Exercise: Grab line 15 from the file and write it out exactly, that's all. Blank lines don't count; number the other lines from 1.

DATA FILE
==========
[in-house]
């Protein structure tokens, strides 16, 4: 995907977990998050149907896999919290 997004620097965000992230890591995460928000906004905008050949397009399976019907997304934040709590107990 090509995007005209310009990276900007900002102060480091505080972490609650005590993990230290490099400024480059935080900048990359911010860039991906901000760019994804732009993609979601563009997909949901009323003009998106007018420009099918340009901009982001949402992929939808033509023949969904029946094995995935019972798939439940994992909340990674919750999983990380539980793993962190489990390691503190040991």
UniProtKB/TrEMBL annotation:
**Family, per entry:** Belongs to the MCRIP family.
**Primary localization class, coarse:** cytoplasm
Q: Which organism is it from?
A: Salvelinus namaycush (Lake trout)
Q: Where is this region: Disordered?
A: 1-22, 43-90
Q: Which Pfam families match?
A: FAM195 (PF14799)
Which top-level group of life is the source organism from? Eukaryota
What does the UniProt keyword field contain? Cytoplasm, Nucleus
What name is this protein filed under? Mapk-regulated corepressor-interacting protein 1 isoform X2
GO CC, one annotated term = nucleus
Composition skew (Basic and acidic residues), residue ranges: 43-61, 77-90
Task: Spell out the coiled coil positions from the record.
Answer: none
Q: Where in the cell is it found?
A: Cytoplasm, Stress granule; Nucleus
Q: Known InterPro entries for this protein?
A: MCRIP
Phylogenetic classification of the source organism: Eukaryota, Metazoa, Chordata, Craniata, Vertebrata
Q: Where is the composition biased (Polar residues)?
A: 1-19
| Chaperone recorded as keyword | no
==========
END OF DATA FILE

GO CC, one annotated term = nucleus